SIMH on the Itanium…

So I figured it’d be as good time as any to see how various compilers (mostly Microsoft) stack up on the Itanium. So I built SIMH, and loaded up 4.2 BSD & the old dhrystone benchmark.

And before we get to the numbers, I’m using a 900Mhz Itanium 2, clearly the bottom of the barrel. I ended up loading Windows 2003 server, as XP for the Itanium can’t even install Internet Explorer 7. If you thought a world of Internet Explorer 6 was fun, it’s hell when it is your only browser.

In addition, Visual C++ 2005 was never released on the Itanium, they made it as far as Beta 2, before discontinuing native support. However I like it’s debugger so I’m using the Beta 2 version.

Microsoft (R) C/C++ Optimizing Compiler Version 13.10.2240.8 for IA-64 (from the Feb 2003 platform SDK)

Dhrystone(1.1) time for 500000 passes = 77
This machine benchmarks at 6493 dhrystones/second

Dhrystone(1.1) time for 500000 passes = 76
This machine benchmarks at 6578 dhrystones/second

Microsoft (R) C/C++ Optimizing Compiler Version 14.00.50215.44 for Itanium (Visual Studio 2005 beta)

Dhrystone(1.1) time for 500000 passes = 64
This machine benchmarks at 7812 dhrystones/second

Dhrystone(1.1) time for 500000 passes = 65
This machine benchmarks at 7692 dhrystones/second

Intel(R) C++ IA-64 Compiler for applications running on IA-64, Version 10.1 Build 20080112 Package ID: w_cc_p_10.1.014

Dhrystone(1.1) time for 500000 passes = 53
This machine benchmarks at 9433 dhrystones/second

Dhrystone(1.1) time for 500000 passes = 53
This machine benchmarks at 9433 dhrystones/second

And for some sense of what the emulation is like…

Microsoft (R) 32-bit C/C++ Optimizing Compiler Version 10.20.6166 for 80×86 (visual C++ 4.2)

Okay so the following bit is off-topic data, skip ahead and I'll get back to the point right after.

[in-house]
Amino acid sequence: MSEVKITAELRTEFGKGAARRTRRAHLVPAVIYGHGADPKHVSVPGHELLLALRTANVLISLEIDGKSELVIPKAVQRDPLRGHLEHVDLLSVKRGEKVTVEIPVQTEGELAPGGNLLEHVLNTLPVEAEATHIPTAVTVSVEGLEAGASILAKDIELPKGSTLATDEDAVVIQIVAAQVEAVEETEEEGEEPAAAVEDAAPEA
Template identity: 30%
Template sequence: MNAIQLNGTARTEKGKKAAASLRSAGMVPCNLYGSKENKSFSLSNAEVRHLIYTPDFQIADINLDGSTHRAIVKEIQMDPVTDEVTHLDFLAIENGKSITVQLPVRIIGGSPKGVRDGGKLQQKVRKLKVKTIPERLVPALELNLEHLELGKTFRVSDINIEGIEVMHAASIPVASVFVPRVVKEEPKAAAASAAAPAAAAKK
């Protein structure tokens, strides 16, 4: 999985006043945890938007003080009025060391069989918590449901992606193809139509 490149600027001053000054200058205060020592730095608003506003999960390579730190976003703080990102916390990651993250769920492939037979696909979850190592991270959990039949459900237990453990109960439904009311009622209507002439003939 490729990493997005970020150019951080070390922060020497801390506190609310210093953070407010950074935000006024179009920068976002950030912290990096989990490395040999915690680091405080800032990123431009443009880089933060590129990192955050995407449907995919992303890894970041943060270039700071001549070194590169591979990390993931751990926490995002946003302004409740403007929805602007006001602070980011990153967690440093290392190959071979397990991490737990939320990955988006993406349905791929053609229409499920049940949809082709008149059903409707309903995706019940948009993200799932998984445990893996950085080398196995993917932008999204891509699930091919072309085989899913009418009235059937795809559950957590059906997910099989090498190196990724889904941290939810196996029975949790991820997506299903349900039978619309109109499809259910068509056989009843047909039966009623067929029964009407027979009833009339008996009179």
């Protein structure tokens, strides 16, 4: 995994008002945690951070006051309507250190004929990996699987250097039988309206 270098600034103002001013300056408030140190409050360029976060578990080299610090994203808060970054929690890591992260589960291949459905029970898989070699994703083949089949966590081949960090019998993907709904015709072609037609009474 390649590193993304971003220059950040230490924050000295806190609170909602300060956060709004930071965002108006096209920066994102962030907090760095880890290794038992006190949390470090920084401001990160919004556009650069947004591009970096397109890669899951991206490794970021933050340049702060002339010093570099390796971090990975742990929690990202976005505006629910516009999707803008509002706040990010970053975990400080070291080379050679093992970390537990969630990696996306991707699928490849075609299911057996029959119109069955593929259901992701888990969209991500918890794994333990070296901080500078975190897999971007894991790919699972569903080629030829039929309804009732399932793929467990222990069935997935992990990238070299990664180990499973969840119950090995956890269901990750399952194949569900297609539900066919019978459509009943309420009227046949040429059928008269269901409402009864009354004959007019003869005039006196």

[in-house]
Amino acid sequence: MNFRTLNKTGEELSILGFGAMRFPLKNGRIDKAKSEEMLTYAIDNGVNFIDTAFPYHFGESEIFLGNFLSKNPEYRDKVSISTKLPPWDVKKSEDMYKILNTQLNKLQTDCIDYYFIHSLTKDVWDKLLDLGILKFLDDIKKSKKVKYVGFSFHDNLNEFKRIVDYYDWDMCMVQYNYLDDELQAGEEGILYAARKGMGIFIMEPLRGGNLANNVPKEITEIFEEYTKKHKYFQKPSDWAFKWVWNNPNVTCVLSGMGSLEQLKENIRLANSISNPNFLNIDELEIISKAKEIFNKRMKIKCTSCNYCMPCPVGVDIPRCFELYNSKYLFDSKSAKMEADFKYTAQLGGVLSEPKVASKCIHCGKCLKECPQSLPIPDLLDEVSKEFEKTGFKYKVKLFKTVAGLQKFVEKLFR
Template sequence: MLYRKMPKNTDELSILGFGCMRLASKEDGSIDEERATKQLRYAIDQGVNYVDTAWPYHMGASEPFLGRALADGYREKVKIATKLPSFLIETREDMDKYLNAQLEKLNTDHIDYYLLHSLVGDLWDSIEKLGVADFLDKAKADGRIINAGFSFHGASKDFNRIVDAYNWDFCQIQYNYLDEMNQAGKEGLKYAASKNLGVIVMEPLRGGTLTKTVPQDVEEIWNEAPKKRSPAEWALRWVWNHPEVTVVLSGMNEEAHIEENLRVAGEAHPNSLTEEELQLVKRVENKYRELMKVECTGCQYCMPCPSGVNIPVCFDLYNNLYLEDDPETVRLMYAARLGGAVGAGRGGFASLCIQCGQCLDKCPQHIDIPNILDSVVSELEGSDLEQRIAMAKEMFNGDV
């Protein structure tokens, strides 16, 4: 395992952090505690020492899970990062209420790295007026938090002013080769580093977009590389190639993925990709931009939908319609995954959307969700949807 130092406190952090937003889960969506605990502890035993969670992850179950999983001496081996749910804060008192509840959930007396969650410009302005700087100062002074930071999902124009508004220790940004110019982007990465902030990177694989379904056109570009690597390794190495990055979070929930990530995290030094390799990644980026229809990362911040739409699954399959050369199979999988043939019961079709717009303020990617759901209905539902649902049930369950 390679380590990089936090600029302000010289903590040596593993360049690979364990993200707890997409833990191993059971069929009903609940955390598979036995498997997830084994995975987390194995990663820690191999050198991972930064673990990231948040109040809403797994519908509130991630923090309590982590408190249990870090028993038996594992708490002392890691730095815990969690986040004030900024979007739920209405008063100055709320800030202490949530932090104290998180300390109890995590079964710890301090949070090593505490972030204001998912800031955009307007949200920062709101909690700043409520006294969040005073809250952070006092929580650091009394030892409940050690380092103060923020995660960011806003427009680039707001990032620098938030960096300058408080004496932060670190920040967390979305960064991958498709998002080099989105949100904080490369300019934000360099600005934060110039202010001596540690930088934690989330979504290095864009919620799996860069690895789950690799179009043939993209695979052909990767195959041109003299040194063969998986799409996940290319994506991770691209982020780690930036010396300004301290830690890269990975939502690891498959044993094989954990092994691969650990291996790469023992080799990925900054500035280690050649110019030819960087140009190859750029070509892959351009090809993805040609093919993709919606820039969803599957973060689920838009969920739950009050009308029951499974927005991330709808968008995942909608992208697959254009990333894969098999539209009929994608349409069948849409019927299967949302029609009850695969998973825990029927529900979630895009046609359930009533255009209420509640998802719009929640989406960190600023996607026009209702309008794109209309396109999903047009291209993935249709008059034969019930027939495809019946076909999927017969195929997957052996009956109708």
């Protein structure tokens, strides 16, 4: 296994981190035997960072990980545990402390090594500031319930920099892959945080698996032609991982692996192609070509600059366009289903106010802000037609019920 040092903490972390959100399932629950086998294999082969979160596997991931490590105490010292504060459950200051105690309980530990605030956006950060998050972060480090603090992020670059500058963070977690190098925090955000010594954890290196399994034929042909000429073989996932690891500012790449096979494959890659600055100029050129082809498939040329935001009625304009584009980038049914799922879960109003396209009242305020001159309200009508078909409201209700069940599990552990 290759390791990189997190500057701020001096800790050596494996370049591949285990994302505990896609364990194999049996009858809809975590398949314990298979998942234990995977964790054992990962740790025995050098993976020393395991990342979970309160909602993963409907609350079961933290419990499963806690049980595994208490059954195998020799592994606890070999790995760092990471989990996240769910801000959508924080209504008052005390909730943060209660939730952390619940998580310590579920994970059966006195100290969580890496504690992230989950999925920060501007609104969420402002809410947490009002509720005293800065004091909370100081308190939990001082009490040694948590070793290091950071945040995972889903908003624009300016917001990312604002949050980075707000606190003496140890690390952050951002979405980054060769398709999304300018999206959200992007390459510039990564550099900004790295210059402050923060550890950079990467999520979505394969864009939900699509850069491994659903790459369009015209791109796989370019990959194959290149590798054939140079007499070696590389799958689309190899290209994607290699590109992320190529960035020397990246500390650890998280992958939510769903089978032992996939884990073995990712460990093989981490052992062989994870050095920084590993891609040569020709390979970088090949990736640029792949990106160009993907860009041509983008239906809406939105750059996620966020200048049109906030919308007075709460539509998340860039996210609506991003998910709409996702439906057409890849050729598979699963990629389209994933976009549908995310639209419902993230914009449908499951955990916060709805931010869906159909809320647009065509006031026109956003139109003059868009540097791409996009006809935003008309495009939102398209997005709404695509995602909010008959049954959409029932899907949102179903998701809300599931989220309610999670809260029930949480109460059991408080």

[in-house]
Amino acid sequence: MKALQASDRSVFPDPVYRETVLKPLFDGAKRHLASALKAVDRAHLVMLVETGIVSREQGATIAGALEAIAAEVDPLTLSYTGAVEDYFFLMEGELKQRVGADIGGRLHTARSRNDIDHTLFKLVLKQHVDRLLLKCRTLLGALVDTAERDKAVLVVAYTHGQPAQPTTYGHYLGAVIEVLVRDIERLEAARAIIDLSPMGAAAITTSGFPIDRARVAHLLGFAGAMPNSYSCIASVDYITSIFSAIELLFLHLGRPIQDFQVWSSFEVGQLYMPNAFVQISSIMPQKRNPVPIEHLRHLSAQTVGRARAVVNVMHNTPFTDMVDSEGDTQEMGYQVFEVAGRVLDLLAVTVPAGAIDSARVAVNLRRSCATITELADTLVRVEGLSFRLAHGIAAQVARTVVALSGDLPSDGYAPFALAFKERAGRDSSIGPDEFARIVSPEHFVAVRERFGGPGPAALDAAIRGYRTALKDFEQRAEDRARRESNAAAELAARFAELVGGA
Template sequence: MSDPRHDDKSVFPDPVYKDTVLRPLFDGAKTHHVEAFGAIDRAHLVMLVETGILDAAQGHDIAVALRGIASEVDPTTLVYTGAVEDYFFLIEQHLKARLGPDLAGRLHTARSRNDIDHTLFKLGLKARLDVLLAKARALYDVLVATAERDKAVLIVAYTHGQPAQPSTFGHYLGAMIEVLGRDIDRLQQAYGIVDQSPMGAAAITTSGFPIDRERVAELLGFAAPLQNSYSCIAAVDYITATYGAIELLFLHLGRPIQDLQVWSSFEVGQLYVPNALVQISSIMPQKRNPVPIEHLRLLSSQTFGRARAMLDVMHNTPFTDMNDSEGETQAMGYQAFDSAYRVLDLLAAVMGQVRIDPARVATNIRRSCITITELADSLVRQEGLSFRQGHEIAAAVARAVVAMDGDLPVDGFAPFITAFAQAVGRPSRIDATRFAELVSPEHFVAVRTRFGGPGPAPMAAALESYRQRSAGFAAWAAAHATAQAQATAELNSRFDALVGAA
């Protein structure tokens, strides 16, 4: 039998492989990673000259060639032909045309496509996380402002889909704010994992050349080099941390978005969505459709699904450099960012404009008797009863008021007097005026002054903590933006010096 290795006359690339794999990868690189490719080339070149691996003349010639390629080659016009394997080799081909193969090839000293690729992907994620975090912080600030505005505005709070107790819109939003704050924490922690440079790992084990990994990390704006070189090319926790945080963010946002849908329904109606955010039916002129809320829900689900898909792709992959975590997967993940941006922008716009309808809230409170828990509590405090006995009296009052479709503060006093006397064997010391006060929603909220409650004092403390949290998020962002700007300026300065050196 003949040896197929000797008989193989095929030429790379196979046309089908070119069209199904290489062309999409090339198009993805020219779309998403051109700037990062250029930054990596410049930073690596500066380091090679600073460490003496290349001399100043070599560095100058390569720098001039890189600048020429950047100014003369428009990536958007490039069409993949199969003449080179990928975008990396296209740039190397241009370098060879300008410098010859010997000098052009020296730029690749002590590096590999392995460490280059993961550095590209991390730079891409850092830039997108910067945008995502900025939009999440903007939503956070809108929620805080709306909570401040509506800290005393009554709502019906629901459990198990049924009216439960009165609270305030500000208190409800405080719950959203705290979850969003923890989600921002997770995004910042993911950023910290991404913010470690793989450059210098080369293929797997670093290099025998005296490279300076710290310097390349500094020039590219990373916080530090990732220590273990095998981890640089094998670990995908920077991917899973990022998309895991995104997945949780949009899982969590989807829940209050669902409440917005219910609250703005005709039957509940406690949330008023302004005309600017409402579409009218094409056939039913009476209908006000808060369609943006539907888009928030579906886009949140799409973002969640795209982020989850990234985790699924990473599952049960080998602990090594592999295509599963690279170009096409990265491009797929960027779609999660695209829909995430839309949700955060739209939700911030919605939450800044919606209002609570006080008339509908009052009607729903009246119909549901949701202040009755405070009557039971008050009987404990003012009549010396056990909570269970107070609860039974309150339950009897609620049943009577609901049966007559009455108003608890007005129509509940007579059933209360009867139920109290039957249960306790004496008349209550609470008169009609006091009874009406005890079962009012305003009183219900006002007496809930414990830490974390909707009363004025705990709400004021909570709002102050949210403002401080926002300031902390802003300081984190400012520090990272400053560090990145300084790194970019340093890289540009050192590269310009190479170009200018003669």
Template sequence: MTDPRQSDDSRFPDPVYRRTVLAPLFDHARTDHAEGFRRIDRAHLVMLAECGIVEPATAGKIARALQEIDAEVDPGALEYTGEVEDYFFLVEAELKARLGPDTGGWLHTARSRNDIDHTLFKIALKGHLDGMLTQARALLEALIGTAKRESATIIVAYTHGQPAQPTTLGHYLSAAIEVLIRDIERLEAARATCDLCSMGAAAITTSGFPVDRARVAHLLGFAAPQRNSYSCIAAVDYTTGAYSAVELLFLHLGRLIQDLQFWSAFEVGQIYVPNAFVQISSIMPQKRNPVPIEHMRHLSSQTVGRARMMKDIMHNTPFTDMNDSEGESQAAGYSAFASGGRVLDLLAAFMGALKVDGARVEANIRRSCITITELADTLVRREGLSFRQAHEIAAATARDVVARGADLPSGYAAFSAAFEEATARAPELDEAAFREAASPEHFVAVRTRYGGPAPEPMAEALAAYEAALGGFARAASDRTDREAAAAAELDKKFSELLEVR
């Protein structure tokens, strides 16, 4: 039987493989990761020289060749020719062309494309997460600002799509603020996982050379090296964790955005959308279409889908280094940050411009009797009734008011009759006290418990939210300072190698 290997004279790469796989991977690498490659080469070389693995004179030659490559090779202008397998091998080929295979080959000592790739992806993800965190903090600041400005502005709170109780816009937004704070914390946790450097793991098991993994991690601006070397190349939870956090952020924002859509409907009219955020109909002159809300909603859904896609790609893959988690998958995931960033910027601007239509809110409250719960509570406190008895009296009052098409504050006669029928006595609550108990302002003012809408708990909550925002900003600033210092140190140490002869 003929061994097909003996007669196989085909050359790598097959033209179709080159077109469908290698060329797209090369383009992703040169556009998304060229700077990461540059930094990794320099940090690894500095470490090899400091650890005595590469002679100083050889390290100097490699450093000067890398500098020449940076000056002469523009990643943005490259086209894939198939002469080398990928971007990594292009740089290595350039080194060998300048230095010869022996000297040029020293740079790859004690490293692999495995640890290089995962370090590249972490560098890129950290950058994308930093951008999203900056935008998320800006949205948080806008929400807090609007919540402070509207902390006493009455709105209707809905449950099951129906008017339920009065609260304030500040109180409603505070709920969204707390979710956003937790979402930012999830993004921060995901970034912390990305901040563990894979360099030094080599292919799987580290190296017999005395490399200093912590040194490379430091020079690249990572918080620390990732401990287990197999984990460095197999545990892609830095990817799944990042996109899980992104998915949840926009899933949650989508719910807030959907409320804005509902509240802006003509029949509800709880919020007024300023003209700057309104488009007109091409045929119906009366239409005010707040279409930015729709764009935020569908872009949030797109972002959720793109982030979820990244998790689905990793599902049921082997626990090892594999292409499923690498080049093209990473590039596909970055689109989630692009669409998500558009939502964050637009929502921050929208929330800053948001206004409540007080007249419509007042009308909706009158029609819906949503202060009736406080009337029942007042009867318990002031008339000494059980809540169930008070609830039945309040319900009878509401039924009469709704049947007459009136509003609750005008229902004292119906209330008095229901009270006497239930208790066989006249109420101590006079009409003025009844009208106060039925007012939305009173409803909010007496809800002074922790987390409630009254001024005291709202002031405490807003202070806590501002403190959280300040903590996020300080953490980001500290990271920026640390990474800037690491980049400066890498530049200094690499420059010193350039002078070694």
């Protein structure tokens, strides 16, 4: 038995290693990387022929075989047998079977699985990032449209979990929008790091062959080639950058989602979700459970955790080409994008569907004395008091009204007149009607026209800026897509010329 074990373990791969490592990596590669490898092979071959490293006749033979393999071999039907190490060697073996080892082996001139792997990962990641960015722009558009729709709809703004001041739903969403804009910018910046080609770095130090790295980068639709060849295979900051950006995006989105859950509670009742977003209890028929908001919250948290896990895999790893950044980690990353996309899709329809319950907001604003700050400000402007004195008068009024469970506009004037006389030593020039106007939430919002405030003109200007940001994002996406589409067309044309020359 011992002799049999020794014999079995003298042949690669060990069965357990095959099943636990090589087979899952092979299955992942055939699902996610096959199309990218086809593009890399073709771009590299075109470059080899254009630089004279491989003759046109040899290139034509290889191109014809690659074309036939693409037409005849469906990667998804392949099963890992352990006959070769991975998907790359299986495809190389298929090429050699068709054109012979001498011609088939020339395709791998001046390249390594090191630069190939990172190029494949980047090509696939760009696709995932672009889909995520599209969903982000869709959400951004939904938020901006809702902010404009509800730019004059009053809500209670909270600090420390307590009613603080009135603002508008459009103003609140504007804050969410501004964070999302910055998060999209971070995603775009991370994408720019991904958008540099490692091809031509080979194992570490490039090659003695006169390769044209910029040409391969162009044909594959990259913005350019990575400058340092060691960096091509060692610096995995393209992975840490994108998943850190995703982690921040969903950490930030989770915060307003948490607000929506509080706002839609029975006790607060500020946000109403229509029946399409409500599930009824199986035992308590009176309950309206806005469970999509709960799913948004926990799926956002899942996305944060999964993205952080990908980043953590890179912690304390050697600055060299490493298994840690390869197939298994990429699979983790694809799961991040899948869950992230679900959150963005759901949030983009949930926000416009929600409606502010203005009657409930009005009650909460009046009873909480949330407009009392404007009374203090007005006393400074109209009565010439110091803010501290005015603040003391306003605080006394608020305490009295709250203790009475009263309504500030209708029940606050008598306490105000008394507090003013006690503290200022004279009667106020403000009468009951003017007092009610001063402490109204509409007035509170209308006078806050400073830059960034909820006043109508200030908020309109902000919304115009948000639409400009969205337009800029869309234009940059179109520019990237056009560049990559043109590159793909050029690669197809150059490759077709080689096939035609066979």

Dhrystone(1.1) time for 500000 passes = 92
This machine benchmarks at 5434 dhrystones/second

Dhrystone(1.1) time for 500000 passes = 91
This machine benchmarks at 5494 dhrystones/second

Not to bad, the Intel compiler is 2x the speed of an i386 executable, while it’s easily 18% + faster then the Microsoft Compiler. I built everything with /Ox flags (Which the Intel compiler honers!).. Executable sizes varied as much as the performance.

1,672,704 Intel C vax780.exe
986,624 Vax780feb2003.exe
495,616 Vax780visualc4.exe
1,232,896 vax780visualstudio2005b2.exe

And of course the larger the executable the faster it ran. No wonder EPIC was driving people insane!

This entry was posted in itanium, SIMH, visual C++ by neozeed. Bookmark the permalink.
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About neozeed

What is there to tell? I've loved UNIX like things since I was first exposed to QNX in highschool (we had the Unisys ICONS!), and spent the better time of my teenage years trying to get my own UNIX... I should have bought Coherent in retrospect.. Anyways latched onto Linux in 1992, and then got some old BSD admin books and have been hooked on the VAX BSD & other big/ancient things since...!

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